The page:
What are the Most Common Environmental Health Issues?

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  • Written By: Debra Bacon
  • Edited By: C. Wilborn
  • Last Modified Date: 03 October 2019
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A variety of pollutants present in the environment often lead to a pattern associated with the most common environmental health issues facing society. The most notable conditions are respiratory and chronic lung disease, including asthma. Others common health issues that may be linked to the environment include cancer, brain disorders and tumors, social disorders, an hyperactivity and other behavioral problems.

These environmental health issues affect the public health because the cause for many illnesses related to environmental hazards overlap. Many of the same contaminants are found in the air, soil, and water, so pinpointing a definitive reason for the associated medical conditions is not always possible. E. Coli and severe acute respiratory syndrome (SARS) serve as examples of outbreaks that are passed to humans, through food and air causing serious environmental health issues.

An outbreak of disease caused by the environment threatens public health. As a result, government agencies often become involved with local and regional governments to address effective ways to reduce or eliminate the threat. In the United States, these agencies include the Environmental Protection Agency (EPA) and Centers for Disease Control (CDC). The EPA and CDC further provide information to public health agencies, and to the public at large, regarding health and safety measures people can take to create a safer home, work, and general environment.


Unborn children, young children, and the elderly are at greater risk when it comes to environmental health issues. Parental exposure to environmental hazards, such as lead components, pesticides, and carcinogens, can increase the risk of auto-immune deficiencies, cancer, and neurological disorders in children. While lead has been removed in most places from many products, such as paint and gasoline, it still may exist in food, soil, dust particles, and water from the faucet. Lead has been identified as causing neurological problems, and is also linked to social disorders and hyperactivity in children.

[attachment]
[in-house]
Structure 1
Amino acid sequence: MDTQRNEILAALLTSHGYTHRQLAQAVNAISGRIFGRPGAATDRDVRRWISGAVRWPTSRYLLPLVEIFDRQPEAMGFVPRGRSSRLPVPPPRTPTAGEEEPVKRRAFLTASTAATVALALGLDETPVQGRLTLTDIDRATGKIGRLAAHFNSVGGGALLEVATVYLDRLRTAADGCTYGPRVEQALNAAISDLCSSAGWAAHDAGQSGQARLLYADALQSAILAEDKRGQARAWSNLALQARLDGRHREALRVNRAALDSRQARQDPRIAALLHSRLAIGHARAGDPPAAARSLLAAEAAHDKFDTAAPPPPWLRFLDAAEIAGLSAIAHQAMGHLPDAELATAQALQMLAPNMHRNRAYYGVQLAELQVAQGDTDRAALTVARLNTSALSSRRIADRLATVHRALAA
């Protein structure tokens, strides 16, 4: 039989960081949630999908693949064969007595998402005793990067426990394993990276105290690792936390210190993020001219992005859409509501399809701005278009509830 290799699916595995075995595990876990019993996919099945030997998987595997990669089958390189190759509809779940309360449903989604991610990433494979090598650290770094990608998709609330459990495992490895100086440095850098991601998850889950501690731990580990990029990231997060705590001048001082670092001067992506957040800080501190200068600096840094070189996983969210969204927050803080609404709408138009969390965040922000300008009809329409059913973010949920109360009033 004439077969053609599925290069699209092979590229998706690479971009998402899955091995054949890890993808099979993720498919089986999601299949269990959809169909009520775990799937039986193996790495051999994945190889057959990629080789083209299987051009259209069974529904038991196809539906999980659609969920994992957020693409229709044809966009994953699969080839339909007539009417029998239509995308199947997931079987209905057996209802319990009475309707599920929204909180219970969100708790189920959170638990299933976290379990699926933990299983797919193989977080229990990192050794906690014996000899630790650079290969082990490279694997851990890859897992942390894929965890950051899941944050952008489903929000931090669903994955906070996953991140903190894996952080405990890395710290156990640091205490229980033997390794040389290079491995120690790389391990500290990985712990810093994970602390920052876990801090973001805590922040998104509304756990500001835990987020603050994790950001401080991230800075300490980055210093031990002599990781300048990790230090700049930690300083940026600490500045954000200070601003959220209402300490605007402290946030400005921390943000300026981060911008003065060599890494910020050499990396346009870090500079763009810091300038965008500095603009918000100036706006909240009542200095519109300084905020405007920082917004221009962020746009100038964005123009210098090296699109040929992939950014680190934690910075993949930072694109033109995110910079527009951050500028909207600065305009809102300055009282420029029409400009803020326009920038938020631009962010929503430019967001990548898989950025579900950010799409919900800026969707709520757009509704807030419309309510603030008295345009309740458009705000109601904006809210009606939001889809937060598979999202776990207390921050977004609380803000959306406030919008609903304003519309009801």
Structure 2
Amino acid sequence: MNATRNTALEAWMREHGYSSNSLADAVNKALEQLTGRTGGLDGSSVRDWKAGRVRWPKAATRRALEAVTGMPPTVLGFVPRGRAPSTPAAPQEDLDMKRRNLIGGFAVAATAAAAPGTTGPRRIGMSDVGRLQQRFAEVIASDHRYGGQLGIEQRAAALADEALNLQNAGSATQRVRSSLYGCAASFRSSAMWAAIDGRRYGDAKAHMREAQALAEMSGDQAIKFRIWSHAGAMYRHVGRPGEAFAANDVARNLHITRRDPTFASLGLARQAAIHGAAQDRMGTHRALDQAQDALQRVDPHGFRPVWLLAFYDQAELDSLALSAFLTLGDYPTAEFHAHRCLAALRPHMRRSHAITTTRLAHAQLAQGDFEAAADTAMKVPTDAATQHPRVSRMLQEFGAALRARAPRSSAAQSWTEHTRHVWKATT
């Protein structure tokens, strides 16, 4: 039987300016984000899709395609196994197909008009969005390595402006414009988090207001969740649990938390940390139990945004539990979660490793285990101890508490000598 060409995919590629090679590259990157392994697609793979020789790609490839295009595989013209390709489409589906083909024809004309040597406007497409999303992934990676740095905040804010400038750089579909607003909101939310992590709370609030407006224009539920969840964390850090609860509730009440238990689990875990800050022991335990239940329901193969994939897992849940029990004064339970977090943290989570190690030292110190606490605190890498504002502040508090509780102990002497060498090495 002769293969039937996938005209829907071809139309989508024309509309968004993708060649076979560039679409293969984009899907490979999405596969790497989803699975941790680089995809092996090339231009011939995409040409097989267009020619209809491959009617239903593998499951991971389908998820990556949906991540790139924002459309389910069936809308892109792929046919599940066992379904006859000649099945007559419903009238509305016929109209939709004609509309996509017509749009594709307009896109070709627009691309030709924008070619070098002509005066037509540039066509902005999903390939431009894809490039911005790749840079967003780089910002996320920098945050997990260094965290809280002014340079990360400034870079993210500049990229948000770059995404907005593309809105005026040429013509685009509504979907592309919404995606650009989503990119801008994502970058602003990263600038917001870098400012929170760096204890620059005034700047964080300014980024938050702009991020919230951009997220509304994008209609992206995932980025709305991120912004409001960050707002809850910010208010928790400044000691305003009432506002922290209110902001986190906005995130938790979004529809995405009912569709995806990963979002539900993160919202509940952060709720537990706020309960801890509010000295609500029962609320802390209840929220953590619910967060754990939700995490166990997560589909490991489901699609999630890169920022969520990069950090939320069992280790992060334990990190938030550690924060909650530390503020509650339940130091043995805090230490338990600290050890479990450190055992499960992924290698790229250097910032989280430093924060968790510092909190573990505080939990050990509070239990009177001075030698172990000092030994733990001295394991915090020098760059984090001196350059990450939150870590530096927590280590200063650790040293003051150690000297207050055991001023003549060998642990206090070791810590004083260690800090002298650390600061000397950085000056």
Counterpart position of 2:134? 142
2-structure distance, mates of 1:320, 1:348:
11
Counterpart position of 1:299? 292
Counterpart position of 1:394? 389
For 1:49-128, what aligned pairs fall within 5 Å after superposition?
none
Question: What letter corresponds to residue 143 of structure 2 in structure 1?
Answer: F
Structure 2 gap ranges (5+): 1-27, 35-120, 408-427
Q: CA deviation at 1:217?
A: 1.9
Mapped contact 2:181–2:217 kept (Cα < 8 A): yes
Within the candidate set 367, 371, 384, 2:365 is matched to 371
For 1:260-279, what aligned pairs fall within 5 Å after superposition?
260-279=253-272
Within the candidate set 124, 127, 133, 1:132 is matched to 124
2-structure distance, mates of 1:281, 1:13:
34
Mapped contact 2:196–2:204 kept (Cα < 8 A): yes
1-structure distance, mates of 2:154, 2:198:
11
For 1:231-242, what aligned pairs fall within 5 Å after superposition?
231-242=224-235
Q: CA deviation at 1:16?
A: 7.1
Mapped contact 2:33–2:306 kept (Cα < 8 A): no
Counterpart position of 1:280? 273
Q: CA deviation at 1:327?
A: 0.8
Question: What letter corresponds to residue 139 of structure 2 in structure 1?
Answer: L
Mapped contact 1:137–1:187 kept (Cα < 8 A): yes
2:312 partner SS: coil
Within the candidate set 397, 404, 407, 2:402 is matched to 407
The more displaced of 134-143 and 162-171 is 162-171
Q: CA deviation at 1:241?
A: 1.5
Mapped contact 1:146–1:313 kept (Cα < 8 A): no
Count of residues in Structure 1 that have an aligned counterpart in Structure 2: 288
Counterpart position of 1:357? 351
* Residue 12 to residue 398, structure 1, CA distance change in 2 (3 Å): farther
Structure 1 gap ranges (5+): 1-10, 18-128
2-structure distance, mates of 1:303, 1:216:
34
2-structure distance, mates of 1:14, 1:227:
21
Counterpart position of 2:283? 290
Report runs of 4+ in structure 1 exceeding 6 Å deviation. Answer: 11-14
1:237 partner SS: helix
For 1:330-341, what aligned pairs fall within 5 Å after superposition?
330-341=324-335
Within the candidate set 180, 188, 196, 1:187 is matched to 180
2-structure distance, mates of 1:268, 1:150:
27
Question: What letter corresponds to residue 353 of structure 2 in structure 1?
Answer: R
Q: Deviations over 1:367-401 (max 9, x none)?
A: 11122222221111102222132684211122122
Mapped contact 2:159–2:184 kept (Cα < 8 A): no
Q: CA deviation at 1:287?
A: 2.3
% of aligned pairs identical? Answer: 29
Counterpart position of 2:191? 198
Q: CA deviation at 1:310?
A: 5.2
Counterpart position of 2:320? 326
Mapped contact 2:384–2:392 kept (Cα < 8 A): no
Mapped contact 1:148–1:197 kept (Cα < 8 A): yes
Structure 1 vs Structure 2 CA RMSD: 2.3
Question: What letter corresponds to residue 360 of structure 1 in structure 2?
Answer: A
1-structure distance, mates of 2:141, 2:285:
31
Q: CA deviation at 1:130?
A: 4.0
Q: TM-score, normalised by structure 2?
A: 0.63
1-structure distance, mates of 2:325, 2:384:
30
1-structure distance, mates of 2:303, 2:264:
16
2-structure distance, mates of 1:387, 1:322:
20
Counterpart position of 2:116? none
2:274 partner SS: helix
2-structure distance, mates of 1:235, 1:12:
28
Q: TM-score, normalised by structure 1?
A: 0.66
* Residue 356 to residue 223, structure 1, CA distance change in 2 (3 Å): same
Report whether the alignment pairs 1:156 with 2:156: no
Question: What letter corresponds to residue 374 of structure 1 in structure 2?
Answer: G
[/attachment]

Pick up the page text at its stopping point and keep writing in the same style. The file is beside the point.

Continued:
Pesticides used on crops and those used in the household setting to eliminate insects and rodents, are known to cause central nervous system problems and poisoning. Some may be transmitted to people through the food supply. Pesticides also pass through the air, soil, and water supplies.

As the ozone layer diminishes, leaving holes where harmful ultraviolet rays pass through to the earth, people are affected in many ways. Respiratory problems are on the rise because of air pollutants and carcinogens. Asthma is becoming one of the most serious environmental health issues, besides cancer.

Growing concerns surrounding public health and the environment have brought about debates and discussions around the globe. More agencies and governments are seeking the truth behind what environmental pollutants are damaging the public health. With the search for truth, there has been growing change regarding environmental hazards, health and safety concerns, and the public health. It has also increased awareness of the many different environmental health issues.


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Post 3

@Ana1234 - I don't like minimizing the health concerns of anyone, but I'm not sure that the average person in the Western world realizes what life would be like if there was no government regulation around food and water.

Some global environmental health issues include people getting sick because they literally have no sewage system and their local water gets polluted. That's not something that people in the Western world have to worry about.

Post 2

@pastanaga - There are still plenty of environmental health issues happening all around the world that need addressing. Even iodine deficiency, which has been identified as having an extremely easy fix (adding iodine to salt) is still a concern in some places in the world.

I do think that people get concerned about the wrong things when they get up in arms about fluoride being added to the water supply, but don't seem to care about the industrial pollutants that are constantly streaming into the air. But I don't think the concern is the problem, just that it's being misdirected towards so-called problems that aren't actually problems.

Post 1

It's kind of ironic how we actually live in the safest time ever to be alive, but people are more paranoid about being put in danger. It used to be very common for people to be exposed to huge amounts of lead, in their water supply and in everyday products. I read somewhere that our IQs have actually grown by several points on average because we identified lead poisoning as a health issue and took steps to stop it from happening.

But people seem to be more anxious than ever, to the point where they think there are all kinds of conspiracies going on.

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